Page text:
Modulation Techniques:

As mentioned before, a reason to modulate a message signal is to match the communication's channel frequency. The reason for this is that information to be send over the channel is often at a rather low frequency. For example, the sound of music range in frequency from about 100 to 15,000 Hz. It is very difficult to send such low-frequency signals over great distance. Low frequency signals will be interfered by other similar signals. There are many techniques for modulation. The technique that we will emphasis on is standard amplitude modulation. There are also many other modulations including methods using frequency and phase.

In amplitude modulation, the circuit or the modulator combines the carrier wave (Fig 1) and the message signal (Fig 2) to form a modulated wave (Fig 3) that is a carrier wave with change in amplitude. The frequency that I choose for the figures is for examples only. In reality, the value of the frequency is higher.

Fig 1. Carrier Wave - A cosine wave with amplitude 3 and frequency 100 Hz.

Fig 2. Message Signal - A cosine wave with amplitude 3 and frequency 10 Hz.

Fig 3. Modulated Wave

The message signal is a cosine wave or a sine wave. In another word, the message signal is a sinusoidal wave function. This is the same for a carrier wave except its frequency is very large when compare to the frequency of the message signal. Let us use mathematical terms to relate our signals. For the message signal in the above example, the following mathematical expression represents it.

Equation 1. m(t) = Am cos (2*pi*fm*t), Am=3, fm=5 Hz, t=time.

Equation 2 represents the carrier wave which is just another sinusoidal wave function.

Equation 2. C(t) = Ac cos (2*pi*fc*t), Ac=3, fc=100 Hz, t=time.

Equation 3 is the standard form of the modulated wave by the method of amplitude modulation.

Equation 3. S(t) = Ac [1 + Ka*m(t)] cos (2*pi*fc*t)

The constant Ka is the amplitude sensitivity of the modulator or the transmitter. The amplitude of equation 3 is called the envelope of the AM wave. We can represent that as a(t).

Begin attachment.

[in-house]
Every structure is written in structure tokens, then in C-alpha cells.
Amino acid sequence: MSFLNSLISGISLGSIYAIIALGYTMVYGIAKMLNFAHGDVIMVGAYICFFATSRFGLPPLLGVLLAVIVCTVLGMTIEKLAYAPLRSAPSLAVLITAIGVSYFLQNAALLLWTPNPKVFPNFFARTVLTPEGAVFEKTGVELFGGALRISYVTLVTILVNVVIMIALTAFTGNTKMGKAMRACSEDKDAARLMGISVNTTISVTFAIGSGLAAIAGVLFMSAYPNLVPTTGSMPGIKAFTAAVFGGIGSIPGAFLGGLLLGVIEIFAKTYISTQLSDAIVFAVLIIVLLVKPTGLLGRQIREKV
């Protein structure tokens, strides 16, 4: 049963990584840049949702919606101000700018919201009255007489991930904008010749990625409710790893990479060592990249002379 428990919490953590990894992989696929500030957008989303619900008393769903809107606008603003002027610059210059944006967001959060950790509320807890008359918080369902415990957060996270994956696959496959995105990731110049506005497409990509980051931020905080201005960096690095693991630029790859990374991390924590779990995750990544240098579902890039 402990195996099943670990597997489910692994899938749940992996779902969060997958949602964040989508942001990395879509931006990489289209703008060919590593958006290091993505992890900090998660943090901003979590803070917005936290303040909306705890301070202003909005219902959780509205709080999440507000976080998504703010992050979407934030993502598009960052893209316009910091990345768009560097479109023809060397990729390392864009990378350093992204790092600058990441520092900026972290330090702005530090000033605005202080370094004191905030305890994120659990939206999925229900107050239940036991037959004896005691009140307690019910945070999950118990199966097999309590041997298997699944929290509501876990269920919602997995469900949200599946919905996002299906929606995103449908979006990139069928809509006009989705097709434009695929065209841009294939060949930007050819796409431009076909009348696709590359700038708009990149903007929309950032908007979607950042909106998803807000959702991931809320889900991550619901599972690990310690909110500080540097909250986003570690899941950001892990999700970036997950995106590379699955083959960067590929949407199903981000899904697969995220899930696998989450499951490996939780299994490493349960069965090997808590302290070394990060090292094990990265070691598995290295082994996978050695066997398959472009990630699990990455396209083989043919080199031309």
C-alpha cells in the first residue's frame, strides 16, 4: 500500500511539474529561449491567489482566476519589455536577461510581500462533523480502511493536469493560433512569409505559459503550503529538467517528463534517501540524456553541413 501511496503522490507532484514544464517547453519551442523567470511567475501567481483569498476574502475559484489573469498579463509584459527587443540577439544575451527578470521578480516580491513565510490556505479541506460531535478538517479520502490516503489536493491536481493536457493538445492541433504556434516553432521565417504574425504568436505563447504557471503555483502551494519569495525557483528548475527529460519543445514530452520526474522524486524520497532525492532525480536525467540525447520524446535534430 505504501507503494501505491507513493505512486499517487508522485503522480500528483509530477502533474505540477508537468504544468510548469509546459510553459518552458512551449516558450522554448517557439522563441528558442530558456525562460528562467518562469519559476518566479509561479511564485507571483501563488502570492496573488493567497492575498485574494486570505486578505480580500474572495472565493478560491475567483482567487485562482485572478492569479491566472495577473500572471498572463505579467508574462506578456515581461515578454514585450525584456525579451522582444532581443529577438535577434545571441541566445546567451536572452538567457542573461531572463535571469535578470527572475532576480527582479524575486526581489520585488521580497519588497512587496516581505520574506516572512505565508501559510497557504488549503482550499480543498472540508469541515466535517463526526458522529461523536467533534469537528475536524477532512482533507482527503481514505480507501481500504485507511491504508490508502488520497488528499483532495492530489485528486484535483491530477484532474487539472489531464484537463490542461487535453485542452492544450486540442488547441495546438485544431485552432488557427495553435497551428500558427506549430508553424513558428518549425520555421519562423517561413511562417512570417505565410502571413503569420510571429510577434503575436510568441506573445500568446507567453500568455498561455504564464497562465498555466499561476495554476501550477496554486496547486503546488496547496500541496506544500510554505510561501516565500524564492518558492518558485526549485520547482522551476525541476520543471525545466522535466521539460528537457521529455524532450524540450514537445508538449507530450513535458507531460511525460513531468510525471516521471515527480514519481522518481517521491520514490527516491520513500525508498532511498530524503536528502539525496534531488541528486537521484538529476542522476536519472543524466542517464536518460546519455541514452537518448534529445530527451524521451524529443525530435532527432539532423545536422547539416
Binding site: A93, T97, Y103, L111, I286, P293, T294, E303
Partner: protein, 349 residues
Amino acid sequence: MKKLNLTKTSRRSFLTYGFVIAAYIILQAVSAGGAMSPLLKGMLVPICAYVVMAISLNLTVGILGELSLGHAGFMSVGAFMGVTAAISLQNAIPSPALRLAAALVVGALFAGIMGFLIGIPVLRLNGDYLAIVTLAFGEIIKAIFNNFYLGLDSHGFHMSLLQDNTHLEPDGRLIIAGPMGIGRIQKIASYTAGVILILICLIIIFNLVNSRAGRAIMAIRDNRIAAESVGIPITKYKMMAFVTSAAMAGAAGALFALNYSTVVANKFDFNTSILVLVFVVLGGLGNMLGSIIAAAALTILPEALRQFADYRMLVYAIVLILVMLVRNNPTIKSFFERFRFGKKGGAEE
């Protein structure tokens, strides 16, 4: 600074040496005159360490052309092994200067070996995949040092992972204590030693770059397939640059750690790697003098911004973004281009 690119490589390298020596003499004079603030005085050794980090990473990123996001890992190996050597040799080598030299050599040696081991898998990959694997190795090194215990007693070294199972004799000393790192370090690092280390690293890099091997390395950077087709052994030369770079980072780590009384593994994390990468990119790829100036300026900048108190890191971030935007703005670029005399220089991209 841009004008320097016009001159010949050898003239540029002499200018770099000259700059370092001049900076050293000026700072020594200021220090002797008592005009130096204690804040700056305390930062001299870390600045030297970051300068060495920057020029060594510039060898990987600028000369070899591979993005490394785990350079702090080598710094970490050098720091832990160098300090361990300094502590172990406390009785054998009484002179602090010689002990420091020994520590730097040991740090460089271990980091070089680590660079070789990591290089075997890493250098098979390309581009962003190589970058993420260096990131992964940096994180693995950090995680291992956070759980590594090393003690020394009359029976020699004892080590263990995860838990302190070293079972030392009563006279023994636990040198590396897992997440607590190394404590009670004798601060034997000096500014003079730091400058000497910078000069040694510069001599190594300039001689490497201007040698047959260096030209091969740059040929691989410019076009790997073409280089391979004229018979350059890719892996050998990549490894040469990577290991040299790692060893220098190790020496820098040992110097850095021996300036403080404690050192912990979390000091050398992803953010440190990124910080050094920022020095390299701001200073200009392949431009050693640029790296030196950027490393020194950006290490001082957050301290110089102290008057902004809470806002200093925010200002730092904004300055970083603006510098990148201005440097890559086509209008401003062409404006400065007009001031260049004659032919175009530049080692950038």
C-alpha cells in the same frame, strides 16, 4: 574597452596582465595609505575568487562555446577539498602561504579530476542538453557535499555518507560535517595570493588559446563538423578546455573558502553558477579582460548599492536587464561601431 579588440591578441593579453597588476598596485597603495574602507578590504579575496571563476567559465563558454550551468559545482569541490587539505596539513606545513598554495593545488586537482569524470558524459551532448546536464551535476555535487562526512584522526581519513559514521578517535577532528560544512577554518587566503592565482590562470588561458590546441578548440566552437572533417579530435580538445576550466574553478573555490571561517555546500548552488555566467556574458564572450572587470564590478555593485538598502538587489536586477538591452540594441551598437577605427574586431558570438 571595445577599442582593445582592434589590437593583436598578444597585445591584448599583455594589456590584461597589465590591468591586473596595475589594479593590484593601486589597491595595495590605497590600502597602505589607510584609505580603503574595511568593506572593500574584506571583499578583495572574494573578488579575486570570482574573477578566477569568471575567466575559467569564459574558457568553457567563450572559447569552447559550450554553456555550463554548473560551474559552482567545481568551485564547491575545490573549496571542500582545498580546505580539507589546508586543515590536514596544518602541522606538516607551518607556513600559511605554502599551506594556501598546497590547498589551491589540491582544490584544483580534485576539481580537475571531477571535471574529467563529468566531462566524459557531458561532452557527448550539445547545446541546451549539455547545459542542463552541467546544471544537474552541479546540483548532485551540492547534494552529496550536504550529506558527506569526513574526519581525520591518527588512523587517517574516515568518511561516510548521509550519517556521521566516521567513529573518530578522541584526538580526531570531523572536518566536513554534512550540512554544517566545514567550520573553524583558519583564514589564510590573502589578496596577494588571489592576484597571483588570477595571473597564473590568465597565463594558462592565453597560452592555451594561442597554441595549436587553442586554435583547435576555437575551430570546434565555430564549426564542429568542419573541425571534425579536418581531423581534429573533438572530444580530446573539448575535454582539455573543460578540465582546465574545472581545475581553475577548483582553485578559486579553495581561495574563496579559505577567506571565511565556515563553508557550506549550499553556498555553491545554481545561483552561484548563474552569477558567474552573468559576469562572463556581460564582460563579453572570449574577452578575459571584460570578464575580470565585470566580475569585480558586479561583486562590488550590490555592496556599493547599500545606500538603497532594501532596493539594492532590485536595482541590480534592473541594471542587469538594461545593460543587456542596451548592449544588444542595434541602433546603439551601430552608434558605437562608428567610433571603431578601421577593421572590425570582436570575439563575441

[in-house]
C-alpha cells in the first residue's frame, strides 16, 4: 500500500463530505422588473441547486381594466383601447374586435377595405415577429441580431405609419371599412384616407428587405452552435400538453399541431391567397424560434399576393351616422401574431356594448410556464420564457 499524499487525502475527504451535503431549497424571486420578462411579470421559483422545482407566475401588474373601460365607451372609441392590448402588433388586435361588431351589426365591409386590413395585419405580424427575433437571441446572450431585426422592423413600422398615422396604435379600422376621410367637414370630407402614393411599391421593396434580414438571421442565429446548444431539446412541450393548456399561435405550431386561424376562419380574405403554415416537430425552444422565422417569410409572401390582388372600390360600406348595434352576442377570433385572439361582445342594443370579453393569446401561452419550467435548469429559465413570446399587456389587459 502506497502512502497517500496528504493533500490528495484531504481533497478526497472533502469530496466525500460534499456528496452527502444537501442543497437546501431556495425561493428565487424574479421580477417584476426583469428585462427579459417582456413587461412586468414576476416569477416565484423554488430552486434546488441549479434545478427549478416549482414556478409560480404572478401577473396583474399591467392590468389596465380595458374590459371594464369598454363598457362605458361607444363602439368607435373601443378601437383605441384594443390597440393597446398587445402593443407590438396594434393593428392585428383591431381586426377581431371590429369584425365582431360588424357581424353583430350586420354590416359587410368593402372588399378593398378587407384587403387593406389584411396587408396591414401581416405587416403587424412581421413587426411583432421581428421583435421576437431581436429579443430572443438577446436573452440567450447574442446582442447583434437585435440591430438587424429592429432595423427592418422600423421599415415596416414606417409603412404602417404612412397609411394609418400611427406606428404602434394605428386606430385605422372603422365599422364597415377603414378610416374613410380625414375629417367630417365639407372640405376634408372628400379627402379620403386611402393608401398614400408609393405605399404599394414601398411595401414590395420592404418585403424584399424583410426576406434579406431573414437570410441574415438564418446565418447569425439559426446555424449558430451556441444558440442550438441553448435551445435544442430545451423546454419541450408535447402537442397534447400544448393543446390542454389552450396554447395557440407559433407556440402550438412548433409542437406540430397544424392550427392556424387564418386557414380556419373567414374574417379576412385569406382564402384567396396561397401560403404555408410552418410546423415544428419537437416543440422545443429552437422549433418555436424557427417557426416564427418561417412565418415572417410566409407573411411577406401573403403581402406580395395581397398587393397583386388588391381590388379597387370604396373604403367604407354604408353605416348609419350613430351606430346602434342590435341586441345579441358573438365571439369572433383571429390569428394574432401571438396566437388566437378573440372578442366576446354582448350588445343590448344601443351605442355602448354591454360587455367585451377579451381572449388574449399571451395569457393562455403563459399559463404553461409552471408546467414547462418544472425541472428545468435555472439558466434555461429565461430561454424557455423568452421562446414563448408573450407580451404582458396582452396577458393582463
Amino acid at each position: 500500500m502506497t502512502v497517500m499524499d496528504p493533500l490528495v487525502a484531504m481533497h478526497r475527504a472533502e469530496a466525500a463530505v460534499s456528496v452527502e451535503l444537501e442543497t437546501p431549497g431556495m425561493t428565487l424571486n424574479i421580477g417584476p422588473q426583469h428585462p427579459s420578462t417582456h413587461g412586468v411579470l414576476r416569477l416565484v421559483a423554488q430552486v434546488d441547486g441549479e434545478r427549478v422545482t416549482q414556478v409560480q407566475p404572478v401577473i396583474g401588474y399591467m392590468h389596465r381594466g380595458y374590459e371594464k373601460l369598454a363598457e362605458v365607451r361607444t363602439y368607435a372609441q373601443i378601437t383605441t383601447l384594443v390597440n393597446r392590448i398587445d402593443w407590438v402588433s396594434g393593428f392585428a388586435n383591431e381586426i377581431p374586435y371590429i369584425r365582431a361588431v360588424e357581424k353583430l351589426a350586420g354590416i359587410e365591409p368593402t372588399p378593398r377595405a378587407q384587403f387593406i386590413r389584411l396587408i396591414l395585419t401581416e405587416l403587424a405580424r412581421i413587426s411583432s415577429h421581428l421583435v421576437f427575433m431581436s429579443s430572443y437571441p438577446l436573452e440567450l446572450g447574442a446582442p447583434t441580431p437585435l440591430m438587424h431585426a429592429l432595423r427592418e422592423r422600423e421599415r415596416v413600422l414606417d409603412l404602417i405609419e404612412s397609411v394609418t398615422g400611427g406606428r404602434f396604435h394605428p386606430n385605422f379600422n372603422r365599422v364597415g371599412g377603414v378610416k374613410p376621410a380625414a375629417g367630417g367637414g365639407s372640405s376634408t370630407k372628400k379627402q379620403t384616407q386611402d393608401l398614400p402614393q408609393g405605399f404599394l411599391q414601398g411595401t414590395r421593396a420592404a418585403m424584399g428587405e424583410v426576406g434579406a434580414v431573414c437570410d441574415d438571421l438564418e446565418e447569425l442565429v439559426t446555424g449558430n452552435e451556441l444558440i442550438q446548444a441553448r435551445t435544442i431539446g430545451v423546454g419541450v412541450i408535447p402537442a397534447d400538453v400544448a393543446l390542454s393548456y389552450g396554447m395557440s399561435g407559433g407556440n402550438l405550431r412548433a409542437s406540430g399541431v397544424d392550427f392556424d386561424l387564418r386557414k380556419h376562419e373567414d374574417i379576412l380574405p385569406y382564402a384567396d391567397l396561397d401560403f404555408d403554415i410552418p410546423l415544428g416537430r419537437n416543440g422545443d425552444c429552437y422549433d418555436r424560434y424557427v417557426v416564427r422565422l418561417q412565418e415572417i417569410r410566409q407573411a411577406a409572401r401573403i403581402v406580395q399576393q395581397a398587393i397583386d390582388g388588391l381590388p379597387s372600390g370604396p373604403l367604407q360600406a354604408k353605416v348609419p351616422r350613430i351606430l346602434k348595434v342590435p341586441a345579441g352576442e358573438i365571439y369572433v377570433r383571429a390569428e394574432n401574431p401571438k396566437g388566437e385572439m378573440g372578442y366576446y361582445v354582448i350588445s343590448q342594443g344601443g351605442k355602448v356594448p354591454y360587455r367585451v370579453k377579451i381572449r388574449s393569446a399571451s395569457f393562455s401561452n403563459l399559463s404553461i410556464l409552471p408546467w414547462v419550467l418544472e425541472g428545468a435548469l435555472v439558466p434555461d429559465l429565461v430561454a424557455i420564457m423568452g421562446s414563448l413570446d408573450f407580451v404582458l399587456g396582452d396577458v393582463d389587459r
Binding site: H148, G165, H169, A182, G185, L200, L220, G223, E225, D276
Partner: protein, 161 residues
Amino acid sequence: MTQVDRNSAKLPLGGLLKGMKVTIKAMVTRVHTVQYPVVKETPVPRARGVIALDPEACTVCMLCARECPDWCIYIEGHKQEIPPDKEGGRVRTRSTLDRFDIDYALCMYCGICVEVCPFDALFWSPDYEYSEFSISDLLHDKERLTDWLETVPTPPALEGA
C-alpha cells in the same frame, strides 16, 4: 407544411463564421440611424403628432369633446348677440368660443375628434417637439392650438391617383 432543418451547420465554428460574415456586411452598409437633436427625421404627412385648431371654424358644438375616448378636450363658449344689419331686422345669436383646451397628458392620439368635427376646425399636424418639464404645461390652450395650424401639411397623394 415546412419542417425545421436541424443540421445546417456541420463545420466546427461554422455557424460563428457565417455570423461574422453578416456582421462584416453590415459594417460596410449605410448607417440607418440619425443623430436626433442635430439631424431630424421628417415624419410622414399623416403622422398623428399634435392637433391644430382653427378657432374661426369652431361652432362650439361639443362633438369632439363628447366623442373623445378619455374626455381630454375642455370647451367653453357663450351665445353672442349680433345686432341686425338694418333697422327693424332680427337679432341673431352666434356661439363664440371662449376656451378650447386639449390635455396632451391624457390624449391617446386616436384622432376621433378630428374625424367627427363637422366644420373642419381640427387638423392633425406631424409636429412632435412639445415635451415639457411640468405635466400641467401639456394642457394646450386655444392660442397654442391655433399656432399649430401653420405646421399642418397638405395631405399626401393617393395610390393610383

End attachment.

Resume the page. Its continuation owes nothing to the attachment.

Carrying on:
Equation 4. a(t) = Ac | 1 + Ka*m(t) |

The percentage of modulation will depend on the absolute value of Ka*m(t). If the absolute value of Ka*m(t) is less or equal to 1 for all t, then the percentage of modulation is less than or equal to 100%. However, if the absolute value of Ka*m(t) is greater than 1 for some t, then the percent of modulation is in excess of 100% or overmodulation. The following table summarizes the modulation percentage. For example, assume that the value of |Ka*m(t)| is 0.7, then the percentage of modulation is 70%. Therefore, if |Ka*m(t)| is 1.1, then the percentage of modulation is 110%.

Percentage of Modulation
|Ka*m(t)| < 1 or =1 for all t
less than or equal to 100 %
|Ka*m(t)| >1 for some t
in excess of 100%

If the percentage of modulation is less than or equal to 100%, then the demodulation circuit used to recover the message signal from the incoming AM wave is greatly simplified. There are two conditions to be satisfied in order to produce an a(t) or envelope of the modulated wave to be the same shape as the message signal m(t). The first condition is that the percentage of modulation is less than 100% so the envelope or a(t) is not distorted. The second condition is that the message bandwidth is small compared to the carrier's frequency. The demodulation circuit for the envelope is called the envelope detector. It is just basically a low-pass filter consists of a resistor, a capacitor and a diode. Figure 4 shows a simple circuit diagram of the envelope detector.

Figure 4 Circuit Diagram of Envelope Detector.

The above circuit diagram is a low pass filter which just consists of a capacitor and resistor. The purpose of a low pass filter is to allow low frequency component of the s(t) or the modulated wave to pass to the output while the high frequency component is filter out in the process. The values of the resistor and the capacitor determine how low the frequency will be able to appear at the output.

Amplitude modulation is still in used today. Some its usage is AM broadcast radio stations. AM is still used in television broadcasting as a method for transmission of picture information while the sound is done by FM.

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